Joe Felsenstein (joe at evolution.genetics.washington.edu) writes:
(Re the "C paradox")
>It used to be a paradox, before we knew about junk DNA, transposons, etc.
>There was far more DNA in genomes than we could account for by genes.
>That was the paradox. There was also a population-genetic version of the
>paradox too. Calculations of the mutational load showed that if all that
>DNA was information-bearing, given reasonable per-base mutation rates,
>we'd all be dead.
>>The discovery of all the different kinds of noncoding DNA resolved the
>paradox. Interestingly, the mutation-load argument is still relevant and
>is a fairly powerful objection to most of our DNA being meaningful, in
>the sense that it must be in that particular sequence.
I think I probably down-played the relevance of the 'C paradox' in
my earlier post, by describing it as "just an interesting
phenomenon". It is actually a *very* interesting phenomenon for
the reasons Joe gives above. So I'm going to come back on what Jeff
Mattox said about my reply:
>Shane McKee <shane at reservoir.win-uk.net> wrote:
>>... it is a fallacy to assume that "more DNA"
>>means "More complex DNA". Much of salamander DNA is in the form of
>>simple repeats. In this sense, the sentence "To be or not to be"
>>is more complex than "asasasas dfdfdfdf ghghghghgh hjhjhjhjhj
>>klklklk" for example. From all the crap in a salamander genome,
>>you could compress the information required to "make" a salamander
>>into a much smaller space than that to "make" a human.
>Tell me more about those repeats. Where are they in the DNA (between
>genes, introns, exons)? How long, how many?
There are stacks of them, varying from two to hundreds of
basepairs, found scattered liberally all over the genome - within
introns, between genes - you name it. A few may even get
translated (eg in Huntington's disease - correct me if I'm a bit
behind the times here, folks)
>Why do you say "asasasas" is more complex than "to" (other than being
>longer) or a sequence like "gjepffos"?
You can write "asasasas" as "4(as)" whereas "to" is "to".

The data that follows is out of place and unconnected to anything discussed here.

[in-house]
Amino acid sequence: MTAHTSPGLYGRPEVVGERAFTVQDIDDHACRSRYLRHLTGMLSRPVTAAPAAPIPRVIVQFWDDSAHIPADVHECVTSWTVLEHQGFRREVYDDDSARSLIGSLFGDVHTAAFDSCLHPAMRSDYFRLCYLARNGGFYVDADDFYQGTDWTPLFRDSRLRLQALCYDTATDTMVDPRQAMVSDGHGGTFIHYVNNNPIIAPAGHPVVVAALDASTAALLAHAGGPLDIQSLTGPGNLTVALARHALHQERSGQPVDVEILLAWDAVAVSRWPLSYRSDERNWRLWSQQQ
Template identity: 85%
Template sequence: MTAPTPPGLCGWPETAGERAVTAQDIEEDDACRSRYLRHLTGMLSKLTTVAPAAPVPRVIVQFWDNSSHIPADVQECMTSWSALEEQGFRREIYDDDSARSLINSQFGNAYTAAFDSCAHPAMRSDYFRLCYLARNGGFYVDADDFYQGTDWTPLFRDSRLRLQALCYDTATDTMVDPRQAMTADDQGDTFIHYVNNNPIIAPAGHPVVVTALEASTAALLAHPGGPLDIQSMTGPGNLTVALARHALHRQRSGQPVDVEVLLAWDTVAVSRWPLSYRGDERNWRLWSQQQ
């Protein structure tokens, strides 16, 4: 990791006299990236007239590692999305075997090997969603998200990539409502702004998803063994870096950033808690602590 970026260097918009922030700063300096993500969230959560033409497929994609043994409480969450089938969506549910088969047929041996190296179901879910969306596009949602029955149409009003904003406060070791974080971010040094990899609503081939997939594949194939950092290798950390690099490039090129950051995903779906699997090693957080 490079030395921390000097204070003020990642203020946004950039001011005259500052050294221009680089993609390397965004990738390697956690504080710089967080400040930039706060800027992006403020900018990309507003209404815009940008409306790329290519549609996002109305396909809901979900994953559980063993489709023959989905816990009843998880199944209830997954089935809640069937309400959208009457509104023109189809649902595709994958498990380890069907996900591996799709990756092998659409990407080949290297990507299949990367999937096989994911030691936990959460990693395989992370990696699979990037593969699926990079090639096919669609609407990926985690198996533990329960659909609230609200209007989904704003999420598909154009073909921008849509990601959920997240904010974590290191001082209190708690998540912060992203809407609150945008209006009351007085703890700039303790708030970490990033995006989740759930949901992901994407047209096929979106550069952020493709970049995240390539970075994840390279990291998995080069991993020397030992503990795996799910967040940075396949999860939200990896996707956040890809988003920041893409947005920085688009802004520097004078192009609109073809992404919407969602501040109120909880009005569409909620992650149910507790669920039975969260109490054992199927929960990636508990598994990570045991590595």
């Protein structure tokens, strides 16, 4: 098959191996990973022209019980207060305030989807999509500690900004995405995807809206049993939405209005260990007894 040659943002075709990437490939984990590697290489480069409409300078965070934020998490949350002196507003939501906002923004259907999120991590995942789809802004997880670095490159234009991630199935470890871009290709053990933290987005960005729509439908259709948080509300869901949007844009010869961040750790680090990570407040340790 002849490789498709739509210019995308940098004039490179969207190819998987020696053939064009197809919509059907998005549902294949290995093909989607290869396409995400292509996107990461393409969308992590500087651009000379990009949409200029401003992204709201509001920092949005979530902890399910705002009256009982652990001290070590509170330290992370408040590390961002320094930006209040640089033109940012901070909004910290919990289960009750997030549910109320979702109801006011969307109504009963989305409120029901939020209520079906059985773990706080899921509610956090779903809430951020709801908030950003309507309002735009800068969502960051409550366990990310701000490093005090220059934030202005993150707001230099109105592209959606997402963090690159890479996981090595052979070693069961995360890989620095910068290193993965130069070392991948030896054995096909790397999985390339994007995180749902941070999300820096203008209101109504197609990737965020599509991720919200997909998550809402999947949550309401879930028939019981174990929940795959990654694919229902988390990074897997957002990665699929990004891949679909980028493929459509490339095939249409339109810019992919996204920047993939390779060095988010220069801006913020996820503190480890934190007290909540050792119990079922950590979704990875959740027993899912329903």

Therefore, in this example, the former requires more information to
code it meaningfully. Thus it is more complex.
(I guess we are using the whole
>alphabet here instead of just actg -- I'd prefer to compare DNA sequences
>like "actactactact" vs. "tgacgtggacta". In that light, why is DNA
>"aaaaaa" more complex than, say, "actgtc"?)
I don't think it is: 6(a) is less complex (in information terms)
than 1(actgtc) - it takes less information to code it.
Part of the problem is that DNA coding is not a tight system -
there is a heck of a lot of redundancy in it. This makes it more
resilient to damaging mutation, and also that the information in
human DNA (which is about 750MB in the haploid genome) is probably
compressible in information terms to about 20MB of raw information
necessary to build a human. It might compress even more - what do
you think, Joe?
>The paradox is that the amount of DNA or the number of genes do not
>correlate with "complexity." Genetic complexity and physiological
>complexity are not tightly coupled.
Well, you've got a point here, but bear in mind what you said
in a previous post:
> ...there is little relationship between the genetic
>complexity of a genome and the organism for which it codes.
>Salamanders, for example, have 50 times more DNA than humans.
But you've just said that amount of DNA does NOT correlate with
genomic complexity, so the above statement is a wee bit
meaningless. (Or is that what you said?) One way of looking at it is
this: What percentage of a salamander's genome can you screw around
with, and still get a good salamander out the other end? My
contention is that it's a heck of a lot more than in a human. Is
there an index of this for different species - because it would
probably give a far better estimate of genomic complexity than mere
amount of DNA.
Shane McKee, Belfast, Northern Ireland, United Kingdom
===========Give us back our ceasefire. Now.===========